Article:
bustard quail

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bustard quail

or

button quail,

any of the small ground-running Old World birds of the family Turnicidae. Also called a hemipode, it resembles a true quail in appearance and way of life but is more closely related to sandgrouse and pigeons. Bustard quails have short tails and rounded wings and lack a hind toe. They are secretive birds, inhabiting grass and brush country and open woodlands, and are found throughout Australia, S Asia, and Africa, with one species extending into S Spain. They travel singly, in pairs, in small family groups, or, in some species, in covoys of 15 to 30 birds. Their diet consists of seeds, shoots, and small insects. The bustard quail female is larger and more colorful than the male, and takes the lead in courtship; she has a specialized vocal organ for giving the booming mating call. The nest is on the ground and is constructed by both sexes. After the female has laid her clutch, typically of four eggs, the male incubates the eggs and rears the young. There are 15 species of bustard quail, classified in two genera of the phylum ChordataChordata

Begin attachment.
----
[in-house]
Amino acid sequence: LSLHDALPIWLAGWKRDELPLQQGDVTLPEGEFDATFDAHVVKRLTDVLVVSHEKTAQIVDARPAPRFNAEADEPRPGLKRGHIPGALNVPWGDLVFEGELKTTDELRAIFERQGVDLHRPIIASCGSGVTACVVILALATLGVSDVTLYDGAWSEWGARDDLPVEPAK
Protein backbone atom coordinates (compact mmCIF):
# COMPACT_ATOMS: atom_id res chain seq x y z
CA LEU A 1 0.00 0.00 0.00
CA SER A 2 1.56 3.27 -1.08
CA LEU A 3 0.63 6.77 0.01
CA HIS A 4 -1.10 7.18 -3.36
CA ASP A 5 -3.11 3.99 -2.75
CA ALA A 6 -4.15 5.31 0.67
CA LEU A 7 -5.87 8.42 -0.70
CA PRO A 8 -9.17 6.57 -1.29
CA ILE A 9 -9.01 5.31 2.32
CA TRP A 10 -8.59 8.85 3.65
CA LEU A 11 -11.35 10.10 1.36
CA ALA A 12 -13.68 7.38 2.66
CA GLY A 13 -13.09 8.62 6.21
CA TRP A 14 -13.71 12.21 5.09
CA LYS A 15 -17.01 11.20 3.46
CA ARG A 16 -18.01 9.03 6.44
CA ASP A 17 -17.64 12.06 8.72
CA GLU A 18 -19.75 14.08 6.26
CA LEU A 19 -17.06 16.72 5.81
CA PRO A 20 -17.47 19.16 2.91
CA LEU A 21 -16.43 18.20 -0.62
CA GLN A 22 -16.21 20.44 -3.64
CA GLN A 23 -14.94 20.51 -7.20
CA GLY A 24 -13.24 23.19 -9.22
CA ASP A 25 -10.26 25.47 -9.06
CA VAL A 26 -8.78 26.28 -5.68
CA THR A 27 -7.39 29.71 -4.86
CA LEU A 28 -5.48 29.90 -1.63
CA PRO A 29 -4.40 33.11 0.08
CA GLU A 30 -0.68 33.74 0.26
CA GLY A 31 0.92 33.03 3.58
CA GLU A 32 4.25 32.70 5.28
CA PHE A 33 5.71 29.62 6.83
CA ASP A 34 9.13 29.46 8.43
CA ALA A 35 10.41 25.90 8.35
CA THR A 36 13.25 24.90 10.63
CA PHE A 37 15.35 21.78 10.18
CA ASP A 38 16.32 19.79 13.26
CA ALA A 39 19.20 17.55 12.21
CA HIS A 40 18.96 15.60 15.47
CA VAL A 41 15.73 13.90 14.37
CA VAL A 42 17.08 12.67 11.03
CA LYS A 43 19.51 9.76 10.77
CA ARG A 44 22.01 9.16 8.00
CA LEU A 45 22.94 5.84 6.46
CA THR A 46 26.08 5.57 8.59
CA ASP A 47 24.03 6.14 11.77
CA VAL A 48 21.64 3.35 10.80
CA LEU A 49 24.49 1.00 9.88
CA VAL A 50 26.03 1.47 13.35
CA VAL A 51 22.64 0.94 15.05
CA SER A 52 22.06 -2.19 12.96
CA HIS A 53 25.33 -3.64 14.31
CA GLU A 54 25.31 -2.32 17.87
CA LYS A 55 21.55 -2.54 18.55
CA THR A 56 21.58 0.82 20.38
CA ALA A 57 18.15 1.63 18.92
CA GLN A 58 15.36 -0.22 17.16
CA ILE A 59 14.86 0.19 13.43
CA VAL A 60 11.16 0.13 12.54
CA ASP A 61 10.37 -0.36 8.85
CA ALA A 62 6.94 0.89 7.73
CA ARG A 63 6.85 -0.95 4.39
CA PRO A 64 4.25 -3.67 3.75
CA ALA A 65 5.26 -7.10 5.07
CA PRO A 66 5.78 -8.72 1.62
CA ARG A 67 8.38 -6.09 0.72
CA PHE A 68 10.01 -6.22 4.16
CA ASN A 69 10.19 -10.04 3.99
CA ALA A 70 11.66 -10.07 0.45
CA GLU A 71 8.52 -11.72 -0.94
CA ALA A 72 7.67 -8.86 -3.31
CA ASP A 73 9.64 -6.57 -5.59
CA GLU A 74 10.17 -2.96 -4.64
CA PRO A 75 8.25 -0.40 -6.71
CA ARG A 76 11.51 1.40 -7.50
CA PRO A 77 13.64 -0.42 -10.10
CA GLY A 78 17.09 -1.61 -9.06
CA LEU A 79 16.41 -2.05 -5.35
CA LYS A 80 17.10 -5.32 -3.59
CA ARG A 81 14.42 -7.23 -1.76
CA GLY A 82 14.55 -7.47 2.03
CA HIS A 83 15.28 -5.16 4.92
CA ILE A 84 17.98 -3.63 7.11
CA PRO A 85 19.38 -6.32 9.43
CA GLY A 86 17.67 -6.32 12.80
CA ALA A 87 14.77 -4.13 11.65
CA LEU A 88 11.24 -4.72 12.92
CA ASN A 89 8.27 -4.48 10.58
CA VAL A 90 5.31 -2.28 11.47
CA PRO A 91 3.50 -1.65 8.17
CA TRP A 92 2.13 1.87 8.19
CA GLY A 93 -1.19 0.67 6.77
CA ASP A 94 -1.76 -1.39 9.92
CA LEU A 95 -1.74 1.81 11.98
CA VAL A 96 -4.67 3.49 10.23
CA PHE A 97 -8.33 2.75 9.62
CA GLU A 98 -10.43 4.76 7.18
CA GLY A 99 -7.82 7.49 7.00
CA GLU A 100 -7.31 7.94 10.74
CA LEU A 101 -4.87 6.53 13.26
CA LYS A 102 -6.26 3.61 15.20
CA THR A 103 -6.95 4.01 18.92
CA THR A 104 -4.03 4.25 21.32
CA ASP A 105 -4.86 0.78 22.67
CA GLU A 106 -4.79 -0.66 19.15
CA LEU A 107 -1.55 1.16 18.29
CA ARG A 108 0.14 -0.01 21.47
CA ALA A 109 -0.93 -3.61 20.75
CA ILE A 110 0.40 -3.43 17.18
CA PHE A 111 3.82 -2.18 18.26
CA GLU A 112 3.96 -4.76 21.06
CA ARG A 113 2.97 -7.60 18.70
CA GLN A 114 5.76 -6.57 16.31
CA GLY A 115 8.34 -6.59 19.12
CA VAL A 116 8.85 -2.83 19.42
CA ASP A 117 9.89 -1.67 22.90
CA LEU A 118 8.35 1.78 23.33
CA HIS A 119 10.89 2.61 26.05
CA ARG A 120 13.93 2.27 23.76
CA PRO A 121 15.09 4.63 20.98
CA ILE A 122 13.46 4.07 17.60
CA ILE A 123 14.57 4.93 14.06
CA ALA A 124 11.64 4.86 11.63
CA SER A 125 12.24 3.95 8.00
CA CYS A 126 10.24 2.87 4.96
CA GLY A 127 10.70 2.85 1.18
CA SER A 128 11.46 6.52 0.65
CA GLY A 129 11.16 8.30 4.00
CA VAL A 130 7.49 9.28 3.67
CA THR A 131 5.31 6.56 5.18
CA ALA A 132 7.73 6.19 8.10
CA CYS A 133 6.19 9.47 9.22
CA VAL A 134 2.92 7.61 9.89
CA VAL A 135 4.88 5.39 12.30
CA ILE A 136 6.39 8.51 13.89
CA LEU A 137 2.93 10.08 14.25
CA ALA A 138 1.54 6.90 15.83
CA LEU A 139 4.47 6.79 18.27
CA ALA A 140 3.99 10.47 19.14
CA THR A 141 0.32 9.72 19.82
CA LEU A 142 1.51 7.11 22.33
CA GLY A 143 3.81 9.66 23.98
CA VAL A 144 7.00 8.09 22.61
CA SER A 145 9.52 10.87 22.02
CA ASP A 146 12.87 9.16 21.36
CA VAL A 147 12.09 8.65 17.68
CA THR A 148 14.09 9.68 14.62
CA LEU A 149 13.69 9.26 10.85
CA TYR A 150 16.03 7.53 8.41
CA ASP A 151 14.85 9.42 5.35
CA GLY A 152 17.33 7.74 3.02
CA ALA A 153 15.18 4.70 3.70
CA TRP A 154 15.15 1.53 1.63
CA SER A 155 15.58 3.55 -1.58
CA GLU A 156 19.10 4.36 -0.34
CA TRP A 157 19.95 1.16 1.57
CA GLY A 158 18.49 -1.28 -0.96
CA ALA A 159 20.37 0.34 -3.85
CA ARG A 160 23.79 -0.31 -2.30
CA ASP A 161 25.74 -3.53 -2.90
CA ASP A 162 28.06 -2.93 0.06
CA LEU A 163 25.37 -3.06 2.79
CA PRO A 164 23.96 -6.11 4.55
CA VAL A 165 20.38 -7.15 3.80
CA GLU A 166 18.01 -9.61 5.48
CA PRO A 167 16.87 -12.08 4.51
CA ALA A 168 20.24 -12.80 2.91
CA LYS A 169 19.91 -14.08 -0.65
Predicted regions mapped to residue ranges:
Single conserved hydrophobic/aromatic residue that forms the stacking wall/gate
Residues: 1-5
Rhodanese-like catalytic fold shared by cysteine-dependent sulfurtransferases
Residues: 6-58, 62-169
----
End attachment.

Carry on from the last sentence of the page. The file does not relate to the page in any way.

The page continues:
, phylum of animals having a notochord, or dorsal stiffening rod, as the chief internal skeletal support at some stage of their development. Most chordates are vertebrates (animals with backbones), but the phylum also includes some small marine invertebrate animals.
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, subphylum Vertebrata, class Aves, order Gruiformes, family Turnicidae.
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